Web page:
John Heaton (jheaton) wrote,
John Heaton

Presidential miscellanea

I finished Wilson, A. Scott Berg's new biography of Woodrow Wilson, this afternoon. I'll have more to say about that tomorrow, but here are two very tangentially related items.

1) I rewatched The Truman Show the other day. It's still a wonderful movie, and it remains in my personal top ten, but here's an unanswered question: was Truman allowed to vote for President? The studio that housed Seaheaven Island was located in California, and presumably the actors who portrayed residents of Seahaven voted as residents of that state, but would that option have been available to Truman? Hard to say. Seahaven Island issued its own license plates, which suggests that from an inside-the-dome perspective, it's not a part of any state, but something more akin to a U.S. Territory like Puerto Rico or Guam. If that's the case, then residents of Seahaven Island wouldn't have voting representation in Congress, nor would the island be entitled to electoral votes for President. Territories do get to send non-voting delegates to the House of Representatives, and they all have non-binding Presidential straw polls, but those votes don't count.

But of course Seahaven Island isn't a territory, and Truman Burbank is really an unwitting resident of California, right? Maybe, but given how popular Truman's show was, maybe the producers were able to get the State of California to cede its ownership of and jurisdiction over the land on which the studio was built, and then convinced Congress to create the District of Seahaven Island. The 23rd Amendment entitles the District of Columbia to electoral votes for President, but that wouldn't apply to any other Federal district, and given that the District of Seahaven has at most only two permanent residents -- Truman and Christof, who seems to live in the control center, the House of Representatives probably would've balked at the idea of recognizing and seating a delegate.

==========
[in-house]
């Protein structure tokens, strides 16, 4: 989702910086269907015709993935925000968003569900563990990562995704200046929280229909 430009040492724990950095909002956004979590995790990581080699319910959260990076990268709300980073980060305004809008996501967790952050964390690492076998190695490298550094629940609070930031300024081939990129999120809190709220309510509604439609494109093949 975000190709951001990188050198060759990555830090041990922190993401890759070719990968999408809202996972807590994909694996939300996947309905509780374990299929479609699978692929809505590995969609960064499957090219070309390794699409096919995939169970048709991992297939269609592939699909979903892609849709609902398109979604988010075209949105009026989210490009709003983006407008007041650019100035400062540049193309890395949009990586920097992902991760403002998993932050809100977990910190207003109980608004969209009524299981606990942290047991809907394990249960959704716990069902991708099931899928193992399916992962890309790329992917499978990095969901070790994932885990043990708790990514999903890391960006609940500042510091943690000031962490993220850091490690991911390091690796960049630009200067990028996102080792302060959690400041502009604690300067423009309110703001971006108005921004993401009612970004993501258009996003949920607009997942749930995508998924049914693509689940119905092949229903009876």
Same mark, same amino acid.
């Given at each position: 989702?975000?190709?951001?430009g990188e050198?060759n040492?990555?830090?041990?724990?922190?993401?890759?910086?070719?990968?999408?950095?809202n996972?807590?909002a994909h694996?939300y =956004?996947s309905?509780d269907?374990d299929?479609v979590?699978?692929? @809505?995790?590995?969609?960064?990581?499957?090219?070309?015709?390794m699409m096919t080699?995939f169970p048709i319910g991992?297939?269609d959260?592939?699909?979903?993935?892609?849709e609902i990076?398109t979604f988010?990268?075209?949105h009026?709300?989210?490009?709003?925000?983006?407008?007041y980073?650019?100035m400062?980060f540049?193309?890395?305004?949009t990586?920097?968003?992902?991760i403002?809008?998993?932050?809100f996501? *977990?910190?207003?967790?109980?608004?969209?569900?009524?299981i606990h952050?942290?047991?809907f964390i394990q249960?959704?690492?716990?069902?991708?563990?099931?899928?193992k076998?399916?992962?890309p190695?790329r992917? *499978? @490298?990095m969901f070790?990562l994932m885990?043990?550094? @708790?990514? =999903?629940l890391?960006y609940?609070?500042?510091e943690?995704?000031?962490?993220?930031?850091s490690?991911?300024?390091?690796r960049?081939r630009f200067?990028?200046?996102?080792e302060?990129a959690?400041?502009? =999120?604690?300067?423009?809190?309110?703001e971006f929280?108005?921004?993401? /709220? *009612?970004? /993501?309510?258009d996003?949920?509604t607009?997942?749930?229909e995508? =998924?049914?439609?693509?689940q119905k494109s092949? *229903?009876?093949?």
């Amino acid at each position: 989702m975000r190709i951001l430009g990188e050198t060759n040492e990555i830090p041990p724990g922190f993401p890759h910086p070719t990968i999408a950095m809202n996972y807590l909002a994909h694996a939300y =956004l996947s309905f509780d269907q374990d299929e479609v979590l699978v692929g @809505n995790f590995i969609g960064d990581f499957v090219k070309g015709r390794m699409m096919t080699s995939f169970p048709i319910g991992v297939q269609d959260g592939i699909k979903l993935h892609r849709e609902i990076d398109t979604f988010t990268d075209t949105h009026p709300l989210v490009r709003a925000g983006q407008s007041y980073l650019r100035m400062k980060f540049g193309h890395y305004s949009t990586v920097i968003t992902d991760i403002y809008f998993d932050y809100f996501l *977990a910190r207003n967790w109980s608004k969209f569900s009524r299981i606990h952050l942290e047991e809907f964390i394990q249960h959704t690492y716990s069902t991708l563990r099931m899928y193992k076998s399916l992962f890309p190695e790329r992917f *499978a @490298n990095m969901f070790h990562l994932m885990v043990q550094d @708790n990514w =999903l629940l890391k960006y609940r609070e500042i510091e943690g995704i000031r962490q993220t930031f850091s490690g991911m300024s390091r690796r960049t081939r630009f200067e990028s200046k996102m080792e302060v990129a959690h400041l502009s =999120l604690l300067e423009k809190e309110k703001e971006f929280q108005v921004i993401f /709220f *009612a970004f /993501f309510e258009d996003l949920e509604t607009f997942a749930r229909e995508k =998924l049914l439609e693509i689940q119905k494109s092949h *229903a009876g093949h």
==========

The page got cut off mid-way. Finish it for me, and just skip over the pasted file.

2) Last month, when I worked at the McFarland Family Festival, I volunteered to sell food tickets at the welcome booth. During my shift on Saturday afternoon, I noticed that someone earlier in the day had bought tickets with dollars coins, and I was thrilled to find one of these among them:

James K. Polk dollar coin
Image via

So of course I exchanged one of the dollar bills in my wallet for the coin. How could I not? Now I just need a Sarah Polk $10 Gold Coin to go with it. I doubt I'll just happen to run across one of those in the wild, though.
Tags: history, james k. polk, movies, reading: books

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